Gunnar Örn Gunnarsson was a self-taught painter with a keen sense of colour and musical gifts which proved useful for him in his career, which spanned almost 30 years. Gunnar Örn first appeared on the art scene in the early 1970s and attracted attention for his energetic use of colour and his intense approach to the human body. Two artists were especially important influences on his art: British painter Francis Bacon and Willem de Kooning from the USA. From Bacon Gunnar learned to distort the human form and present it in a dramatic fashion. And the influence of de Kooning’s seated women is discernible in many of Gunnar's works, in addition to which his use of the palette knife and disruption of colour has many parallels in the work of the American artist.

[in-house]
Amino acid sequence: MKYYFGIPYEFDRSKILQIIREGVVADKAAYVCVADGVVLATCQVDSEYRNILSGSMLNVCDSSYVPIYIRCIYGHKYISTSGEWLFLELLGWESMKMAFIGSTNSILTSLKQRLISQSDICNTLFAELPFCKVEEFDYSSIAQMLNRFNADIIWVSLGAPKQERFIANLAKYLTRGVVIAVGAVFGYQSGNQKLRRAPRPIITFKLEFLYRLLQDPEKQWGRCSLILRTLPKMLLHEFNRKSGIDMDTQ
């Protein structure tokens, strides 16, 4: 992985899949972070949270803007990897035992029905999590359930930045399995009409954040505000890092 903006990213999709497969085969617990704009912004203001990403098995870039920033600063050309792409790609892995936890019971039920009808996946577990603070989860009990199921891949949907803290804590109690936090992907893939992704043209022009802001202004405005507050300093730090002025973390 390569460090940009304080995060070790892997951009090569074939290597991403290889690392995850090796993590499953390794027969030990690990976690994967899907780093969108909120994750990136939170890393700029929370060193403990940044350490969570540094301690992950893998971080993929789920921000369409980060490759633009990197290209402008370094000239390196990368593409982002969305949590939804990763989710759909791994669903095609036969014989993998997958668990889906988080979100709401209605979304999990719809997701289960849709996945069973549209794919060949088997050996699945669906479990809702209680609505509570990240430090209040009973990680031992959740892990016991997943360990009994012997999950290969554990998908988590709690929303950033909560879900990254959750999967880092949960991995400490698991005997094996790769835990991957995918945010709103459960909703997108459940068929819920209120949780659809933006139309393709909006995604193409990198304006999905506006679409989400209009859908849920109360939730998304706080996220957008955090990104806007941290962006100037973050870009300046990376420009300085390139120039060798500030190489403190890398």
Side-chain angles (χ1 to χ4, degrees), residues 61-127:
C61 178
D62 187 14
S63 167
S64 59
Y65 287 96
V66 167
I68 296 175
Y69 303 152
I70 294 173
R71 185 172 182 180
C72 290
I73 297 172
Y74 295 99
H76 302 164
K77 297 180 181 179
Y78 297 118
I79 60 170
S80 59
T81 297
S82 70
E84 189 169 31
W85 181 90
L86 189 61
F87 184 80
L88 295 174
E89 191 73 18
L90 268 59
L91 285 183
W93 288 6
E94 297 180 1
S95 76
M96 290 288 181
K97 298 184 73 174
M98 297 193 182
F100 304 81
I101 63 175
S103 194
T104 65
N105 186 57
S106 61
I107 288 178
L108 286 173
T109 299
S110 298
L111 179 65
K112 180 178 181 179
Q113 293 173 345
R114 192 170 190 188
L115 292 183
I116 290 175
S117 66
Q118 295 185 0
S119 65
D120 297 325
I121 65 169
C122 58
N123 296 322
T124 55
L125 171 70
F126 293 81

In Icelandic art between 1968 and 1974, many artists addressed the theme of the inhumane surroundings of man, and the concomitant disempowerment and alienation. This was undoubtedly under the influence of the political turmoil that swept the western world at the time, where most established values came under scrutiny. Among the principal painters carrying the banners of social commentary and reconsideration of norms were Einar Hákonarson, Gunnar Örn, Eiríkur Smith and Róska, while other manifestations of the trend may be seen in the paintings and graphic art of Jóhanna Bogadóttir, Ragnheiður Jónsdóttir, Jón Reykdal, the sculptures of Helgi Gíslason and the textile works of Hildur Hákonardóttir. And in the wider world, Icelandic expatriate artist Erró concurred with the criticism of inhumanity apparent in the works of the artists mentioned above.